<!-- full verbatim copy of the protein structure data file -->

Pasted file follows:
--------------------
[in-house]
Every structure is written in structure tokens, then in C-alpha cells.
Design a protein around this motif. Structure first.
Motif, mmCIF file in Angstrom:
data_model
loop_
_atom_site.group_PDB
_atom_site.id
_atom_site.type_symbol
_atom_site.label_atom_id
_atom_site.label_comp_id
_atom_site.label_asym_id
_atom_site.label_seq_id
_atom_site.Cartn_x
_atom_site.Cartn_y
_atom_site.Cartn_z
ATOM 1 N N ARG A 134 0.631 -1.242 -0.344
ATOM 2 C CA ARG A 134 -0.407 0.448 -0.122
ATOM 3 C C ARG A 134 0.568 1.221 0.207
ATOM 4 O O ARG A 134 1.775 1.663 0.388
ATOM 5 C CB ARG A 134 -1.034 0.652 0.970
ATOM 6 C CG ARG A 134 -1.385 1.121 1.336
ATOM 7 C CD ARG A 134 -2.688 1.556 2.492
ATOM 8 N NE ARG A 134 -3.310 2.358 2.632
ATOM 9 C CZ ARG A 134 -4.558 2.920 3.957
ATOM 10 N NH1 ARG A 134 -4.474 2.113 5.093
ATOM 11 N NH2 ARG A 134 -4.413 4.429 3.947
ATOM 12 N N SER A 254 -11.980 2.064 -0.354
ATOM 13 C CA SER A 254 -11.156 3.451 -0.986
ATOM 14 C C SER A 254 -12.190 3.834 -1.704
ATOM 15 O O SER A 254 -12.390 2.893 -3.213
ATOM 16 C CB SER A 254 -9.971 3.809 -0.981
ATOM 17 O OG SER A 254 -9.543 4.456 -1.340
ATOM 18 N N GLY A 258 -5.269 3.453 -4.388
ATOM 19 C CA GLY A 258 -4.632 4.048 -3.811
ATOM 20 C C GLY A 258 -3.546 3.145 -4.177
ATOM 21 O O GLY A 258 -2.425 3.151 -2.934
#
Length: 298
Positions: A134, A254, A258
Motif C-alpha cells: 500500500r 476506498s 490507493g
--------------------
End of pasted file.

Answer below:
[in-house]
Every structure is written in structure tokens, then in C-alpha cells.
Design a protein around this motif. Structure first.
Motif, mmCIF file in Angstrom:
data_model
loop_
_atom_site.group_PDB
_atom_site.id
_atom_site.type_symbol
_atom_site.label_atom_id
_atom_site.label_comp_id
_atom_site.label_asym_id
_atom_site.label_seq_id
_atom_site.Cartn_x
_atom_site.Cartn_y
_atom_site.Cartn_z
ATOM 1 N N ARG A 134 0.631 -1.242 -0.344
ATOM 2 C CA ARG A 134 -0.407 0.448 -0.122
ATOM 3 C C ARG A 134 0.568 1.221 0.207
ATOM 4 O O ARG A 134 1.775 1.663 0.388
ATOM 5 C CB ARG A 134 -1.034 0.652 0.970
ATOM 6 C CG ARG A 134 -1.385 1.121 1.336
ATOM 7 C CD ARG A 134 -2.688 1.556 2.492
ATOM 8 N NE ARG A 134 -3.310 2.358 2.632
ATOM 9 C CZ ARG A 134 -4.558 2.920 3.957
ATOM 10 N NH1 ARG A 134 -4.474 2.113 5.093
ATOM 11 N NH2 ARG A 134 -4.413 4.429 3.947
ATOM 12 N N SER A 254 -11.980 2.064 -0.354
ATOM 13 C CA SER A 254 -11.156 3.451 -0.986
ATOM 14 C C SER A 254 -12.190 3.834 -1.704
ATOM 15 O O SER A 254 -12.390 2.893 -3.213
ATOM 16 C CB SER A 254 -9.971 3.809 -0.981
ATOM 17 O OG SER A 254 -9.543 4.456 -1.340
ATOM 18 N N GLY A 258 -5.269 3.453 -4.388
ATOM 19 C CA GLY A 258 -4.632 4.048 -3.811
ATOM 20 C C GLY A 258 -3.546 3.145 -4.177
ATOM 21 O O GLY A 258 -2.425 3.151 -2.934
#
Length: 298
Positions: A134, A254, A258
Motif C-alpha cells: 500500500r 476506498s 490507493g